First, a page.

Geochemical insights into the relationship of rock varnish and adjacent mineral dust fractions

Laura M. Otter*, Dorothea S. Macholdt, Klaus Peter Jochum, Brigitte Stoll, Ulrike Weis, Bettina Weber, Denis Scholz, Gerald H. Haug, Abdullah Al-Amri, Meinrat O. Andreae

*Corresponding author for this work

Research output: Contribution to journalArticlepeer-review

1 Citation (Scopus)

Abstract

Rock varnishes are μm-thin, dark, manganese(Mn)-rich crusts that accrete in the order of few μm/ka on weathering-resistant lithologies. Although these crusts can form in all climates, they are best known in arid to semi-arid settings. Aeolian dust is understood as a major contributor to the distinct trace metal and REE enrichments in rock varnish. However, the exact proportions of abiotic and biotic formation mechanisms that may explain the oxidation-reactions of Mn2+ to Mn4+, present as Mn oxyhydroxides in the varnish, are still a matter of ongoing debate.
We present here the first systematic study of trace element enrichment processes between the uppermost layer of the varnish sequence and their adjacent <50 μm and >50 μm dust fractions across a selection of 41 major and trace elements. This approach is used to investigate samples from three fully arid deserts: the An Nafud in Saudi Arabia, the Negev in Israel, and the Mojave in the USA, which are compared to the significantly different environment of the semi-arid Knersvlakte in South Africa. A new in situ trace element analysis protocol was developed to perform femto- and nanosecond sector-field LA-ICP-MS microanalyses at high-spatial resolution, which allows us to measure the most recent varnish layers for their comparison with recent dust. In agreement with previous studies, all varnishes are enriched in Mn, Pb, Ce, Co, Ba, Zn, Ni, and the Rare-Earth Elements (REE). Here we demonstrate that fine (<50 μm) dust is characterized by similar trace element trends as the varnishes, at overall lower mass fractions. Dust >50 μm has low trace element mass fractions, and enrichment patterns plotting distinctly away from varnish and fine dust. Based on these geochemical patterns, our results indicate a general enrichment mechanism from fine dust to varnish. Previous studies suggested dust to play an integral role in providing the trace elements that are incorporated into the varnish by pH-Eh fluctuations in short-term rain and fog events. We amalgamate and refine previous growth models by providing direct evidence that leaching of about 10% of the Mn and other trace elements from clay minerals in rain or fog droplets at pH ~5 and subsequent scavenging on varnish surfaces at pH ~8 leads integrated over time to the distinct enrichment patterns of the varnish, while initial Mn oxyhydroxide formation is suggested to follow pathways of metal oxide mediated photo-catalysis.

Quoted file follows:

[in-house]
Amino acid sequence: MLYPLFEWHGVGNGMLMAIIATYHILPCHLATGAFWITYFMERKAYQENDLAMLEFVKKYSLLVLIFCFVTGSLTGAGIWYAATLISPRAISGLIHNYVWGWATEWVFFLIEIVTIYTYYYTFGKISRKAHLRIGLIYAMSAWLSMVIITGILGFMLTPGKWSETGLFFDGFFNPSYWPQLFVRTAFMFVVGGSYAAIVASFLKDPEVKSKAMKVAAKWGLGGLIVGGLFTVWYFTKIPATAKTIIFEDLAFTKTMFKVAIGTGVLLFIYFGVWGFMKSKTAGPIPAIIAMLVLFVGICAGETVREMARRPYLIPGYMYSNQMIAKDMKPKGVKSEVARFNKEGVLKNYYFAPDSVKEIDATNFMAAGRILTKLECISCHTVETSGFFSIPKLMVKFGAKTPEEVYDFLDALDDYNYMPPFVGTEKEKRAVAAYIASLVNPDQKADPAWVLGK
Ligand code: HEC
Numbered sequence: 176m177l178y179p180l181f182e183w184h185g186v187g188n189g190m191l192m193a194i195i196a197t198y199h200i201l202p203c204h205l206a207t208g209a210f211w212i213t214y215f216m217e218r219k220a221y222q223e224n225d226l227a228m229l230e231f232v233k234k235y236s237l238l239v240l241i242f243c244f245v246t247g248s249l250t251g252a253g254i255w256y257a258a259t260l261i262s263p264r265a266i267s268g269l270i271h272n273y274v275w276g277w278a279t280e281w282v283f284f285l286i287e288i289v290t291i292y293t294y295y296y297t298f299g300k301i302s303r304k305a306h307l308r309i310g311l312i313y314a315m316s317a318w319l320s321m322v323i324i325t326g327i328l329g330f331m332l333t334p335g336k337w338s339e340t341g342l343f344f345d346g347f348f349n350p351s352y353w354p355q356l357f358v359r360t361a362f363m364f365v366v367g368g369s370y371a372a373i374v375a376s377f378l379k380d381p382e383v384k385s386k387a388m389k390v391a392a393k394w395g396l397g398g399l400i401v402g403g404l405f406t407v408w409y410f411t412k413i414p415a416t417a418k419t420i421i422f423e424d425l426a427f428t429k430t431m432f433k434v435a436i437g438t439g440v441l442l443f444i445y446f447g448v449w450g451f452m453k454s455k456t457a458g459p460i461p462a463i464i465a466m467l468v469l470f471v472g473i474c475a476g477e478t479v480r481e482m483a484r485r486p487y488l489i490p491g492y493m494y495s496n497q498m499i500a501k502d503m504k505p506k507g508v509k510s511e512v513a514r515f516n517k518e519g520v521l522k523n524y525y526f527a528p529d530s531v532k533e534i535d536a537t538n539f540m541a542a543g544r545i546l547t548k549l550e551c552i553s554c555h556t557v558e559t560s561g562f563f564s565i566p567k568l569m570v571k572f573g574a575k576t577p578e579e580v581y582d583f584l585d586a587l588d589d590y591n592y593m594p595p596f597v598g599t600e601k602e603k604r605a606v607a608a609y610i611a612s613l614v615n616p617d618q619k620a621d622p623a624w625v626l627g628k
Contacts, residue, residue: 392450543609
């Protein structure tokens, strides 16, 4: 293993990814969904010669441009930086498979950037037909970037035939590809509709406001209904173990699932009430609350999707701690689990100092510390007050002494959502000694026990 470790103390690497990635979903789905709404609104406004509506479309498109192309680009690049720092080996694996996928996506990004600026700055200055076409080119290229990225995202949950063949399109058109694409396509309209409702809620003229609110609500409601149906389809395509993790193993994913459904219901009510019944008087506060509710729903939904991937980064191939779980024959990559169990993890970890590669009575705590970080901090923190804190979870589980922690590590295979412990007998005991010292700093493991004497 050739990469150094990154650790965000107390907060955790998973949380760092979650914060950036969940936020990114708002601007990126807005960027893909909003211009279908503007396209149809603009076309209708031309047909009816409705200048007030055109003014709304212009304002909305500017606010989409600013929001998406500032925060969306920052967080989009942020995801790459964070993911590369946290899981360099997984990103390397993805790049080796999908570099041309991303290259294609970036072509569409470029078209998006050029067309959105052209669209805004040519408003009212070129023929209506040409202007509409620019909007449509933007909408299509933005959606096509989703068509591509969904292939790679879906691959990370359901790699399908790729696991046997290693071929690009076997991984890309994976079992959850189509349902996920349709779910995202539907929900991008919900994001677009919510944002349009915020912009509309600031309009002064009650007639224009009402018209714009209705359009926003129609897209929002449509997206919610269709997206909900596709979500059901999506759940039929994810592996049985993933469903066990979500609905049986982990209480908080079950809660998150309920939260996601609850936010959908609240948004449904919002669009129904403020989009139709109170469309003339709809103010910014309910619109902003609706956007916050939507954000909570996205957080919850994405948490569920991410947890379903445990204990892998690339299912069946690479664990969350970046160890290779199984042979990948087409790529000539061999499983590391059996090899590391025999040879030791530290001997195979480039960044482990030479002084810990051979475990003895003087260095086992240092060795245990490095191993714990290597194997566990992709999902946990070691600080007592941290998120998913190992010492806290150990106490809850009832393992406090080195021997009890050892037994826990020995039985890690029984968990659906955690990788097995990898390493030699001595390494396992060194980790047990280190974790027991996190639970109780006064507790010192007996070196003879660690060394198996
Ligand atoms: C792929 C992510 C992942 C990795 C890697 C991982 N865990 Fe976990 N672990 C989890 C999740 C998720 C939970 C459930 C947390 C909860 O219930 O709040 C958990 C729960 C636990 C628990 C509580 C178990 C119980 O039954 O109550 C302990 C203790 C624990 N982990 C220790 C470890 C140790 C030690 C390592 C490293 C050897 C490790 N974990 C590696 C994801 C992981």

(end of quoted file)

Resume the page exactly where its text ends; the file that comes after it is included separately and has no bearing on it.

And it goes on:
For the semi-arid occurrence in the Knersvlakte we present a distinct growth model as both environment, varnish, and dust composition differ significantly from the arid settings. Here, thick, metallic-looking varnish occurs mainly on the rim of quartz pebbles, lacks microlamination, and likely has upscaled growth processes. Among other aspects, we suggest a more complex interplay between photo-catalysis, nocturnal condensation events on quartz pebbles with subsequent water trapping at the rock-soil-atmosphere interface, due to a salic top-soil layer, to mainly account for these differences.
Original languageEnglish
Article number119775
Pages (from-to)1-16
Number of pages16
JournalChemical Geology
Volume551
DOIs
Publication statusPublished - 30 Sep 2020

Keywords

  • Rock varnish
  • Femtosecond LA-ICP-MS
  • Mineral dust
  • Deserts
  • Mn oxyhydroxides
  • Clay

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